The situation onboard Maersk Etienne escalated further this morning when three migrants jumped overboard. The captain and crew were quick to implement recovery procedures and the three persons have now been rescued and brought back onboard the ship where they are being given due care.
The incident comes after the migrants have been left stranded on the ship for over a month, following the responsible authorities’ failed attempt to find a solution to safely disembark them. They continue to plead for urgent humanitarian assistance for the 27 people onboard the Maersk Etienne and ask that they are immediately given the attention and care they need.
Background (September 1st):
Maersk Tankers were calling on responsible governments for urgent humanitarian assistance and a safe disembarkation of the 27 people we rescued four weeks ago. They asked the relevant authorities to ensure that these migrants are immediately tended to and provided the care and attention they need. Doing so will also allow our captain and crew to continue their voyage and return home to their families.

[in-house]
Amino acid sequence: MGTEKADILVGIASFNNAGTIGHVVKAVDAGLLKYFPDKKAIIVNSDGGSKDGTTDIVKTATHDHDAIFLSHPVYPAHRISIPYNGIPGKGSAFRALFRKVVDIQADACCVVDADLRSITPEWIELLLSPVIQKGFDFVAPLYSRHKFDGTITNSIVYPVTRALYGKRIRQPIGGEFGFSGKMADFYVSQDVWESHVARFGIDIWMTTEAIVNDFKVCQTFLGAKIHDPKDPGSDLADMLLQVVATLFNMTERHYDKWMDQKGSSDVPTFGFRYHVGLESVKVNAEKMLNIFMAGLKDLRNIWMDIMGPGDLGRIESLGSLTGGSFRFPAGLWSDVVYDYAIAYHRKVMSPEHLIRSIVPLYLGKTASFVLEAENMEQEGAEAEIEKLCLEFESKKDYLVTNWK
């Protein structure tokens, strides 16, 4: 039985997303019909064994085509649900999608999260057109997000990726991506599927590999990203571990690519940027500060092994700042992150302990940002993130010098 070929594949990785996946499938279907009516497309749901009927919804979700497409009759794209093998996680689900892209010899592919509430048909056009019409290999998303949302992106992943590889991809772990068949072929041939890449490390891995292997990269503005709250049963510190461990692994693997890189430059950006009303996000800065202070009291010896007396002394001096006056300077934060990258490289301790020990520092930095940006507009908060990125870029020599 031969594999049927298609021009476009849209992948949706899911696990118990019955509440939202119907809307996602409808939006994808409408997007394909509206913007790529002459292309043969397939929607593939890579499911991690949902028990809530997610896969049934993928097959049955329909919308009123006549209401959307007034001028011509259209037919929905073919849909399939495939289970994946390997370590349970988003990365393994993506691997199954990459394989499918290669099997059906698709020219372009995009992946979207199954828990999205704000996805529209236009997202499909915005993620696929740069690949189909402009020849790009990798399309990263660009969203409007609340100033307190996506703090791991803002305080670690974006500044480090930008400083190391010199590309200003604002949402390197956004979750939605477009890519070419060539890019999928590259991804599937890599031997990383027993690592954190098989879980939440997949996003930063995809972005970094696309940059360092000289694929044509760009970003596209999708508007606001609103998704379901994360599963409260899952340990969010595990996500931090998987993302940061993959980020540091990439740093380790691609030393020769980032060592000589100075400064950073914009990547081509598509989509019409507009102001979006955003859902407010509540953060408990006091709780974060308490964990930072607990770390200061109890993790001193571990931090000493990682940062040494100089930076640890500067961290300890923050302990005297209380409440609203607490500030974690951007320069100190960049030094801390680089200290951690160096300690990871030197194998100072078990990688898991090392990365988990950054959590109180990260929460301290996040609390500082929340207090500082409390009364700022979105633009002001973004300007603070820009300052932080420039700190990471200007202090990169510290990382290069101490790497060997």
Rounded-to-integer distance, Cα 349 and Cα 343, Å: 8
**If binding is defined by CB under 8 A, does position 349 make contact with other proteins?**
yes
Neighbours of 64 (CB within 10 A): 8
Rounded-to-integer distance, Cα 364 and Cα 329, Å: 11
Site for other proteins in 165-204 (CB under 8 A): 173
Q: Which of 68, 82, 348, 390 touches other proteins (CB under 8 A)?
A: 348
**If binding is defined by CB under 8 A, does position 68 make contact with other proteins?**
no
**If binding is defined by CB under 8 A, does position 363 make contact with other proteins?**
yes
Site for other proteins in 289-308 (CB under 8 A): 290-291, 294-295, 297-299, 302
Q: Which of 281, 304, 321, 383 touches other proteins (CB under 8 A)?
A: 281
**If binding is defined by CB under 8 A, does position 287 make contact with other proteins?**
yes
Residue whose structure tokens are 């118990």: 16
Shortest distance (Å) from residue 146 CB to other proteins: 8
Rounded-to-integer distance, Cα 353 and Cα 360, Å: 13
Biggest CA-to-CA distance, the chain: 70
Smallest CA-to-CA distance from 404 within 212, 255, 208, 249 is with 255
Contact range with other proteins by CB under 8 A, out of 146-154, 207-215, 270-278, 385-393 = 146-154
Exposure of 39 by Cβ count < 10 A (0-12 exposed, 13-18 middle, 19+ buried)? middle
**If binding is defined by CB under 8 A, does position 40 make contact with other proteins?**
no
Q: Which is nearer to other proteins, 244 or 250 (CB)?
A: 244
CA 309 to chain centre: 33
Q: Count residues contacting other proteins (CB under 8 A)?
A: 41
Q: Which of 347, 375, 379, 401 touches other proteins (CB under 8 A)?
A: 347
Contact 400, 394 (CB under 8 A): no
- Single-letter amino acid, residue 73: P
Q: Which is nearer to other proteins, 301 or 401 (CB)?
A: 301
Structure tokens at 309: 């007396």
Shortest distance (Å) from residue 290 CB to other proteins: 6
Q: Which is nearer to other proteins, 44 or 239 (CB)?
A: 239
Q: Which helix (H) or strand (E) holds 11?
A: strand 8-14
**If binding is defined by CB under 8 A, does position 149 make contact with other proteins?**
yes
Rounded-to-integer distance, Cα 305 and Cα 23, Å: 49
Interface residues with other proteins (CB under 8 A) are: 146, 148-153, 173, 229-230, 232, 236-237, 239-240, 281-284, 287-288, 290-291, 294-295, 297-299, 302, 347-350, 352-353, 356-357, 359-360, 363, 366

Following a request from Maltese officials on 4 August our crew rescued 27 migrants stranded in Tunisian waters. The rescued – who include a pregnant woman and at least one minor – have been forced to remain on board our Danish-flagged tanker Maersk Etienne now for twenty-seven days. This is a new and unfortunate record for migrants held abroad a commercial ship.
Maersk Etienne’s crew continue to provide as much support and assistance as they can to this vulnerable group, but they lack the resources to offer sustained humanitarian and medical care. A tanker ship is neither designed nor equipped to accommodate additional people; we therefore find ourselves in a situation where our supplies are rapidly depleting.
The United Nations High Commissioner for Refugees (UNHCR) and the International Organisation for Migration (IOM) have both voiced their concerns over the lack of political response over this crisis. We appreciate the support of both organisations as we are deeply concerned about the situation on board the ship.
Source:- Marine Insight